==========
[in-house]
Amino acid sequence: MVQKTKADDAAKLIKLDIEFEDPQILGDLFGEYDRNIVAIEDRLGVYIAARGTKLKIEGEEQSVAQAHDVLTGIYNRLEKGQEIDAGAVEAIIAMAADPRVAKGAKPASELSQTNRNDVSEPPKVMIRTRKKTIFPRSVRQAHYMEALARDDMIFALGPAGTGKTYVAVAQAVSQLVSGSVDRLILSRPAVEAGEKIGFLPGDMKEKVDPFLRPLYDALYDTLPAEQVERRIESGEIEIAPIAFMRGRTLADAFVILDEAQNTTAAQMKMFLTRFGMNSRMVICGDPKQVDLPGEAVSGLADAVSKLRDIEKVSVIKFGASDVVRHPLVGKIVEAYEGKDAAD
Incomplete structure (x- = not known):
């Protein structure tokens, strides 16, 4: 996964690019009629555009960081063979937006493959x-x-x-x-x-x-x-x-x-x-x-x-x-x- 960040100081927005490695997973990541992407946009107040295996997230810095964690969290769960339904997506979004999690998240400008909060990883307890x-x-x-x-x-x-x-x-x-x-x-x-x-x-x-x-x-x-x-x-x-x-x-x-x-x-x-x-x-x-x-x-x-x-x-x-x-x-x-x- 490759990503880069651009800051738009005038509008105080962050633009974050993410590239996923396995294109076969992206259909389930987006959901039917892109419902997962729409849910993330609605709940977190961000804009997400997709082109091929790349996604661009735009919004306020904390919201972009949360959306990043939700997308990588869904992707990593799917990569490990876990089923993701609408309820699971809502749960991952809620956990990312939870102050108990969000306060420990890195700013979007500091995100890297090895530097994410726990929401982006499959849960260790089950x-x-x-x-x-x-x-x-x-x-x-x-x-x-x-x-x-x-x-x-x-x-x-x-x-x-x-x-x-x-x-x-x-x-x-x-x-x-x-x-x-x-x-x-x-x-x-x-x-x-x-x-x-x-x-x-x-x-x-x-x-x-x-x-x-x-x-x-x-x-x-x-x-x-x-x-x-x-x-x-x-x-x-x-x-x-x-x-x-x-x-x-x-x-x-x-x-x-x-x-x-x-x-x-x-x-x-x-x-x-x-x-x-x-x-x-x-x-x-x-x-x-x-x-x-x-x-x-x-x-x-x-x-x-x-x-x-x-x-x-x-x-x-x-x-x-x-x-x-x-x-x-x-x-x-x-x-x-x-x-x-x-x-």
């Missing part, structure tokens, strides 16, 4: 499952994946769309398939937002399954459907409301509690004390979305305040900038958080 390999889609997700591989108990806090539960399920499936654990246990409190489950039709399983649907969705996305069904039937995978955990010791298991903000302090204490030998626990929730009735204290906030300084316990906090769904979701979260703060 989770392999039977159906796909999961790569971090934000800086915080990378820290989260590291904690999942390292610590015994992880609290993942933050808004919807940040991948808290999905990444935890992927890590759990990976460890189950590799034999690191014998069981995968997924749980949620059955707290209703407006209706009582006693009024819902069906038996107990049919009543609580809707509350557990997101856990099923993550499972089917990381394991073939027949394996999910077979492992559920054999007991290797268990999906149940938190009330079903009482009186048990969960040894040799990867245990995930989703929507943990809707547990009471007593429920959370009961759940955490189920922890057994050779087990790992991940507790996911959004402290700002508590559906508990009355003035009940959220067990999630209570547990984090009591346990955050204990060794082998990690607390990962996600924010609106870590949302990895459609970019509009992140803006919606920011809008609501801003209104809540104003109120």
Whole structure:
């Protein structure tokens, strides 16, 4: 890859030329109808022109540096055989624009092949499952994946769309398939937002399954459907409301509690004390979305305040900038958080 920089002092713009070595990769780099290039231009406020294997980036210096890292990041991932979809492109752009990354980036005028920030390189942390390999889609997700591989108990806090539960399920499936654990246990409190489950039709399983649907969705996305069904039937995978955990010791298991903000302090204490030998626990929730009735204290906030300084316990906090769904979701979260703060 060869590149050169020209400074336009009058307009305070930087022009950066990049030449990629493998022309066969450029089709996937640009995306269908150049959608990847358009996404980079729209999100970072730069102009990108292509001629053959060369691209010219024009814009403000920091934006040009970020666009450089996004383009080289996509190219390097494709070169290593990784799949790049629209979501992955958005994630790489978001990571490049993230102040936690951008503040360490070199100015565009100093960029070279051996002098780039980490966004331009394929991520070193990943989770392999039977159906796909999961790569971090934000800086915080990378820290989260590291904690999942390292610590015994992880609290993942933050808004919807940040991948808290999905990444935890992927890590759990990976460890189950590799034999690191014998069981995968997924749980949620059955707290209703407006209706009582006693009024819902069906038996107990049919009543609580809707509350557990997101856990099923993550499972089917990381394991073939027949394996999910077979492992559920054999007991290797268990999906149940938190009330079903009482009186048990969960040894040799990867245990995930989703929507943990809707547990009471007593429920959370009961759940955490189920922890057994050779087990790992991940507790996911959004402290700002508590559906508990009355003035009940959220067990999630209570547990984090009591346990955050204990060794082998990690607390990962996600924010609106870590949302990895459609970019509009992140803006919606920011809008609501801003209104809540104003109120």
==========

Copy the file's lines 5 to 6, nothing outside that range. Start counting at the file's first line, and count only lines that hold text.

């Missing part, structure tokens, strides 16, 4: 499952994946769309398939937002399954459907409301509690004390979305305040900038958080 390999889609997700591989108990806090539960399920499936654990246990409190489950039709399983649907969705996305069904039937995978955990010791298991903000302090204490030998626990929730009735204290906030300084316990906090769904979701979260703060 989770392999039977159906796909999961790569971090934000800086915080990378820290989260590291904690999942390292610590015994992880609290993942933050808004919807940040991948808290999905990444935890992927890590759990990976460890189950590799034999690191014998069981995968997924749980949620059955707290209703407006209706009582006693009024819902069906038996107990049919009543609580809707509350557990997101856990099923993550499972089917990381394991073939027949394996999910077979492992559920054999007991290797268990999906149940938190009330079903009482009186048990969960040894040799990867245990995930989703929507943990809707547990009471007593429920959370009961759940955490189920922890057994050779087990790992991940507790996911959004402290700002508590559906508990009355003035009940959220067990999630209570547990984090009591346990955050204990060794082998990690607390990962996600924010609106870590949302990895459609970019509009992140803006919606920011809008609501801003209104809540104003109120």
Whole structure: